Today we’re going to talk about stretching and why I love it so much.
When was the last time you stretched? Really warmed up all your muscles and joints before you started something or just as a form of exercise itself? Has it been that long? And when you did, did you jump right into stretching or did you warm up before your “warm up?”
Total body stretching has a wealth of benefits and is not the waste of time that many people think it is. The Mayo Clinic reports that stretching helps decrease your risk of injury and improves your range of motion. Stretching should be done before most forms of exercise and can be done as exercise alone for those that are mostly sedentary.
Did you know that you shouldn’t stretch cold muscles? Many folks think nothing of hopping out before going for a jog and immediately stretching cold muscles. Try to always take five minutes to walk around before beginning a stretching routine; another helpful tip from the Mayo Clinic. Also, don’t bounce around from stretch to stretch quickly. Pulling your body into set positions just to pop it back out and go to a different one can be more harmful than good, removing all the benefits of stretching. Not only should you move the body into that stretch hold slowly, you should hold it once it is there for up to a minute. This makes sure you’re not overtaxing the muscle. Slow, methodical movements while doing deep breaths will be better for your body.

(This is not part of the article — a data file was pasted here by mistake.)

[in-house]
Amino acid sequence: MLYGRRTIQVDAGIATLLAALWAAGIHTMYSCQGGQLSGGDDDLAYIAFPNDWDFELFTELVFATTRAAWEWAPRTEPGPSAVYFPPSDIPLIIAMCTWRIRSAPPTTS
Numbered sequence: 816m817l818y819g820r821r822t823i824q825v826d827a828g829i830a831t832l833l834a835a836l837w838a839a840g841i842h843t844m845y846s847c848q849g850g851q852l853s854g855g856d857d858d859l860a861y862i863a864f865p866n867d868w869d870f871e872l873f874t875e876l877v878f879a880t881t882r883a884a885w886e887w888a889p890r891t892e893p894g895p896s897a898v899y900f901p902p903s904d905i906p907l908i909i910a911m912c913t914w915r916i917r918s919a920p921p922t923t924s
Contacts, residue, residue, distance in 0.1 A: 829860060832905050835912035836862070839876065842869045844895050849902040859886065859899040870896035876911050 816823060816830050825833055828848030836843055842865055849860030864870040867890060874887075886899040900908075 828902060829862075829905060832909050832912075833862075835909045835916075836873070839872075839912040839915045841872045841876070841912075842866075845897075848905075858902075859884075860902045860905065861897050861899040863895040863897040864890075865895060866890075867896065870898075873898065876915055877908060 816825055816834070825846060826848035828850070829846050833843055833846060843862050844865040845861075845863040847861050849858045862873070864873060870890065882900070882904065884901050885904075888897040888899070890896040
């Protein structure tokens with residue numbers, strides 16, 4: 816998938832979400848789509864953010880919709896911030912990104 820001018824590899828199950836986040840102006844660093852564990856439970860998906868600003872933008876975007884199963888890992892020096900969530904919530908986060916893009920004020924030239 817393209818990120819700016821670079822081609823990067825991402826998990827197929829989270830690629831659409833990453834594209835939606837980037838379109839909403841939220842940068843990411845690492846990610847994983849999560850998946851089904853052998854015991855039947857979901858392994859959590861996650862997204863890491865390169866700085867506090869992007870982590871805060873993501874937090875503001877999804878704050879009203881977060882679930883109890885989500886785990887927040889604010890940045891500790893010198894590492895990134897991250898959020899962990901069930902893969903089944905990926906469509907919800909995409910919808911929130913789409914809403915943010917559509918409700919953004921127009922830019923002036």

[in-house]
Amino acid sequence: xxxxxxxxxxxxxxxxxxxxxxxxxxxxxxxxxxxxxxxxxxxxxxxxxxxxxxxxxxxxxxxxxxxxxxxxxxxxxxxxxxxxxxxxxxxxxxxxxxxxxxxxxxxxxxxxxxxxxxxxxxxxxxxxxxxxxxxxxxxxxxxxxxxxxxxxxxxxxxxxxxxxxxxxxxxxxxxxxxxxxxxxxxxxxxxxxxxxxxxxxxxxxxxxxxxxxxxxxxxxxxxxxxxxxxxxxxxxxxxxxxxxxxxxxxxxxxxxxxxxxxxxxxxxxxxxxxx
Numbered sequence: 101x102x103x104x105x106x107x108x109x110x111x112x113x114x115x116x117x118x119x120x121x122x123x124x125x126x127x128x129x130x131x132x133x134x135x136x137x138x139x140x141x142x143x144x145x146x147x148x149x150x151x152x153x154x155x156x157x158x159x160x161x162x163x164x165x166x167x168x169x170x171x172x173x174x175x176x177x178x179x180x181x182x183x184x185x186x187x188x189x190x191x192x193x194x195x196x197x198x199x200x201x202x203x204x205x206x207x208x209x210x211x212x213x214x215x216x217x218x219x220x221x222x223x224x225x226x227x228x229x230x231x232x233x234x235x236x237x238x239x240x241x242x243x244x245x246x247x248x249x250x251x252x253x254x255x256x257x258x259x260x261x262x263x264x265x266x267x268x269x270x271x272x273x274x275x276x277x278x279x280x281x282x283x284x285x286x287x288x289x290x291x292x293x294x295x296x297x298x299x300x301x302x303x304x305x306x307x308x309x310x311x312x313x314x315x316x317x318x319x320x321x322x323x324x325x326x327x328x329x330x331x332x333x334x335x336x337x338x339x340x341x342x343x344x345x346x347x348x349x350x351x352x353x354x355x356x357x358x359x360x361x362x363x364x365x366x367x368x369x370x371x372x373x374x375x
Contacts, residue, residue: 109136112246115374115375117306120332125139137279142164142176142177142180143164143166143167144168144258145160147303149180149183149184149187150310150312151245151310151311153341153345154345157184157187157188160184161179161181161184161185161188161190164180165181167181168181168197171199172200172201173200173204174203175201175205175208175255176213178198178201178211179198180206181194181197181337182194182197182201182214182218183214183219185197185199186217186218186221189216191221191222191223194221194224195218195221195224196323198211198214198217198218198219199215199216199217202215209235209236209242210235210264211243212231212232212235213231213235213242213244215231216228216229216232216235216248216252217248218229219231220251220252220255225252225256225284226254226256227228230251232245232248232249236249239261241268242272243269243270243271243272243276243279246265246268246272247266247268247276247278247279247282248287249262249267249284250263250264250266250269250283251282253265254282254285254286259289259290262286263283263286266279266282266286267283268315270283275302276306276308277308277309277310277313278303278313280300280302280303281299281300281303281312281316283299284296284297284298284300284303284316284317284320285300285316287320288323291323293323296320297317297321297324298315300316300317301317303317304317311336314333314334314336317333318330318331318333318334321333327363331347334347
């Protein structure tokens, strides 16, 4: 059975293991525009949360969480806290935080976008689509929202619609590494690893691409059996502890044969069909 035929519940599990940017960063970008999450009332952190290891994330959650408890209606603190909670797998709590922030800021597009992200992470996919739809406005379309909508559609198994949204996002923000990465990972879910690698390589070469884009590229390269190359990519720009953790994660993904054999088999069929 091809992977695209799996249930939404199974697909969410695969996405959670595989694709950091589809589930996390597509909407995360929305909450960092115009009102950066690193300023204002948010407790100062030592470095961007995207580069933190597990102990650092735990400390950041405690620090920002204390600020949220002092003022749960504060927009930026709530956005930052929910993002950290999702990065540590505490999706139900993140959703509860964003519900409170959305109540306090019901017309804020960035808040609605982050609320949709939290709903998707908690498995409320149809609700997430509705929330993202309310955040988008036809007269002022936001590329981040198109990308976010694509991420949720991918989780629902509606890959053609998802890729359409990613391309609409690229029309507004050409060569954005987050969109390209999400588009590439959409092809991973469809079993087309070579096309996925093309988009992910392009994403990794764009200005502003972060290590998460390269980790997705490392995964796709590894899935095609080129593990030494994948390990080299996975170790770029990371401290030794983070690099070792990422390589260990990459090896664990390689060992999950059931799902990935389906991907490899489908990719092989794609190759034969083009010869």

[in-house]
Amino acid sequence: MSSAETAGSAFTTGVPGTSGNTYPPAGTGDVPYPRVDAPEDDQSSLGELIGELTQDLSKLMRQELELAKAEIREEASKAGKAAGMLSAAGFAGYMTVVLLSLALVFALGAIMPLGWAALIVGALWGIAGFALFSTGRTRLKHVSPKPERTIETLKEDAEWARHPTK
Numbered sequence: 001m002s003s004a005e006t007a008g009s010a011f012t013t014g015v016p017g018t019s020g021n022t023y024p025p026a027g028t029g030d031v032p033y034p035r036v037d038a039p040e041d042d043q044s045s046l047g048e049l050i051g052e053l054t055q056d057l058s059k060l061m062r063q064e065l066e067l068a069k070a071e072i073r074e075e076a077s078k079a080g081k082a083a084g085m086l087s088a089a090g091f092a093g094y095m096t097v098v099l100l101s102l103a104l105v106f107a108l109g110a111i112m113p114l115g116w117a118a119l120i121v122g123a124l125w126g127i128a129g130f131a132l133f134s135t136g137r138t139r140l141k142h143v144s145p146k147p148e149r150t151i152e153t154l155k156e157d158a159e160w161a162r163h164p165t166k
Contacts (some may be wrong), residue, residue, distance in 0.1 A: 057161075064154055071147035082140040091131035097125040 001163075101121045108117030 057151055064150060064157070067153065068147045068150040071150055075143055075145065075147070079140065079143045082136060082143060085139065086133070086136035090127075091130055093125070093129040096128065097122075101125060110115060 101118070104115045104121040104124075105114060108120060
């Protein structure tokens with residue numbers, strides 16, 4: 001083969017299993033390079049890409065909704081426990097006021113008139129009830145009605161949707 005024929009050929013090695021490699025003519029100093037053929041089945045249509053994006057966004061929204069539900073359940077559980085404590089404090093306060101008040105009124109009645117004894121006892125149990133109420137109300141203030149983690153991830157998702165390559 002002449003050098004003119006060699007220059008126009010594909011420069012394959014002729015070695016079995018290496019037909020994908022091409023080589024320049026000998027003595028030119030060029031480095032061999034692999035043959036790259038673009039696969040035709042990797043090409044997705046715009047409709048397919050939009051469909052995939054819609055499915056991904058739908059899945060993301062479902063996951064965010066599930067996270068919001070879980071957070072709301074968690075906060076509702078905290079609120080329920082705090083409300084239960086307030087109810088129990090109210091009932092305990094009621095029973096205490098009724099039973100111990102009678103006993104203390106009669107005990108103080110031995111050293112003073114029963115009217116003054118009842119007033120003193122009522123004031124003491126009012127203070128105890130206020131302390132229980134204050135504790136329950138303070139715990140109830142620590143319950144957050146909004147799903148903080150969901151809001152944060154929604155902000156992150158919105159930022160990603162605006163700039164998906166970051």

Stretching I’ve found, is a great idea to begin a safe way to extend your body’s range of motion and increase your muscles ability to move. Those that have chronic pain and illness can start a 30 minute or hour set of stretches that work the body head to toe and will reap the benefits of that. I’d recommend three times a week to start, then perhaps making it a part of your daily routine for the best results.
Stretching sessions can be found online, through DVDs, and from some of our local venues. Finding a trainer is one way to ensure that you’re doing it correctly and won’t be prone to injury from incorrect positioning unlike doing it on your own. Always use common sense, even when it’s “just stretching”; you want to be mindful of areas that have been injured and give them ample time to heal before you go stretching that joint or muscle.
I hope that stretching becomes a normal, daily part of your life, either by easing it into your morning routine before starting the day, or as a standard part of your exercise plan. No matter how you decide to incorporate it, do it mindfully with careful attention to how your body is responding. Listen to your body, don’t overdo it. Even things that are good for you can become bad if done wrong or in excess.
Tina Samuels, a native of Rome, is a local yoga instructor and shiatsu bodywork therapist. Readers can email her at firstname.lastname@example.org.